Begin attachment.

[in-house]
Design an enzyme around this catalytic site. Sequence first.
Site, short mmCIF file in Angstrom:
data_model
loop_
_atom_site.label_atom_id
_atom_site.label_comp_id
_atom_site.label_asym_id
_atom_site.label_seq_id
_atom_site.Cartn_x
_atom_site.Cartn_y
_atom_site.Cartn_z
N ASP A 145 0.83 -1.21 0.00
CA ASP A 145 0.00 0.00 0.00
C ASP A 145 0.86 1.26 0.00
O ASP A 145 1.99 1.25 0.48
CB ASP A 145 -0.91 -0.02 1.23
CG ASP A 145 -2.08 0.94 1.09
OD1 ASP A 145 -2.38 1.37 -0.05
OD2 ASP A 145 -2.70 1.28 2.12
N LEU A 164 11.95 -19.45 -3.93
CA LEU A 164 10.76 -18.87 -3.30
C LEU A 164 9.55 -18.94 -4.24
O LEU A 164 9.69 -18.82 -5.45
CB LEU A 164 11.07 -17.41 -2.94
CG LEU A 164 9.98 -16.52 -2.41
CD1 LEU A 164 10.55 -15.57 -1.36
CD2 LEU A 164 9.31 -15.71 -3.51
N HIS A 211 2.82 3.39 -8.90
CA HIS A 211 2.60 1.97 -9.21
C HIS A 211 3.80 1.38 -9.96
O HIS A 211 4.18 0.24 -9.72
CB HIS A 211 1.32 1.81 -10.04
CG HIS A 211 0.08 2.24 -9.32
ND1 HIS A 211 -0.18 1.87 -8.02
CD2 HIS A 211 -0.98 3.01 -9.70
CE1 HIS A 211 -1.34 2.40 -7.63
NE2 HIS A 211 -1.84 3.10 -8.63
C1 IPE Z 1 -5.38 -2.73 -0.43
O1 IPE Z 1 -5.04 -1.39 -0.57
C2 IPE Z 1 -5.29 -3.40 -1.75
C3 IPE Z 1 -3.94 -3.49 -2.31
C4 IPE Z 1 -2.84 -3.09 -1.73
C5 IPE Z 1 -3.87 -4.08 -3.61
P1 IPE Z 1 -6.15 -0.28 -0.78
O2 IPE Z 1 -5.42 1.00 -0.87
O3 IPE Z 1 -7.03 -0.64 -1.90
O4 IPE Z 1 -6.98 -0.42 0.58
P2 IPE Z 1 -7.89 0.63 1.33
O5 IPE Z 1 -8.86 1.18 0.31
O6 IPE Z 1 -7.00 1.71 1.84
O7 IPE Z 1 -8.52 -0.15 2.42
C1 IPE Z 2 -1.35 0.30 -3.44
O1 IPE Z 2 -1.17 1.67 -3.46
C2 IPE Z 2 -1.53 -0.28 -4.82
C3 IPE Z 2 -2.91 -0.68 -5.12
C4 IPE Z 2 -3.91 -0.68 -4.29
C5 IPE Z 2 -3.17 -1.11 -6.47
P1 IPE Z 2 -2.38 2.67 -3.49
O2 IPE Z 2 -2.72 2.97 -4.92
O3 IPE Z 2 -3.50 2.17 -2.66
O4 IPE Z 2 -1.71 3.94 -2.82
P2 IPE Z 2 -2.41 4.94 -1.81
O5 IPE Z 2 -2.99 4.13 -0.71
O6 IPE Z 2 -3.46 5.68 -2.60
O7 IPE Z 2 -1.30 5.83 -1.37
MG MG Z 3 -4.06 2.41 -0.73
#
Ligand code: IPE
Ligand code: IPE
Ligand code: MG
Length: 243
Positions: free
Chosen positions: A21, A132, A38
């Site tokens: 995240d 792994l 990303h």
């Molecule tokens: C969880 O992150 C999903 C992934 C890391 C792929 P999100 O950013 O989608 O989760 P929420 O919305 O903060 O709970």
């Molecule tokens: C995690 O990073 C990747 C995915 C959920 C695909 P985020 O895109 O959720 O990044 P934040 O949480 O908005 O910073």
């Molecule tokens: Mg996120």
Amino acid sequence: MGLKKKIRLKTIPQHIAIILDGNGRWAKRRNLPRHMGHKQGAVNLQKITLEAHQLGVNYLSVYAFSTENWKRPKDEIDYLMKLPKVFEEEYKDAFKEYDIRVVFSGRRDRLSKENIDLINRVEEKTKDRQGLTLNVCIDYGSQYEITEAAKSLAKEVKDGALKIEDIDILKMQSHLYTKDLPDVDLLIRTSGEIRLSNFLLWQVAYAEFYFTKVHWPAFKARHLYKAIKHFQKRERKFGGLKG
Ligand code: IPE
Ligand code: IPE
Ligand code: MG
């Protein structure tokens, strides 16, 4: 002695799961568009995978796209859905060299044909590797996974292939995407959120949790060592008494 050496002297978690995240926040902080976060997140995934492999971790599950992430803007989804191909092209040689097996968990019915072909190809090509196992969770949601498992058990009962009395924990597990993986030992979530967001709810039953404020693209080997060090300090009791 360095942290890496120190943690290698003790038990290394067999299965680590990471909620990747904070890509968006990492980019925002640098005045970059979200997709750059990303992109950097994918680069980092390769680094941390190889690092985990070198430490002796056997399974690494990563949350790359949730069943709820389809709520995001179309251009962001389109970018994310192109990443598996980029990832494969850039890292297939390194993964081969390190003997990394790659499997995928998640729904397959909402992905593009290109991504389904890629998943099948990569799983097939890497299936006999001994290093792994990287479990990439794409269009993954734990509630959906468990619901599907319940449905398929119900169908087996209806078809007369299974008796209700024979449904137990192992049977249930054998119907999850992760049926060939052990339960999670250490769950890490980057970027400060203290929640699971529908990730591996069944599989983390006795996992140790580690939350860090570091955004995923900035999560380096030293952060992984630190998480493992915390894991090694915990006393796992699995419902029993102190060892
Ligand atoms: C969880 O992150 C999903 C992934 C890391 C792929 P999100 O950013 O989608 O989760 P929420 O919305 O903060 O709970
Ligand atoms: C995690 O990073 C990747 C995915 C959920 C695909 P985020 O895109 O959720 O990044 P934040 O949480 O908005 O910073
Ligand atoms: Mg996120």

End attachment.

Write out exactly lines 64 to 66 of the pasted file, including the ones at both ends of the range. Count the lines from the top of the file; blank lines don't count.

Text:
O5 IPE Z 2 -2.99 4.13 -0.71
O6 IPE Z 2 -3.46 5.68 -2.60
O7 IPE Z 2 -1.30 5.83 -1.37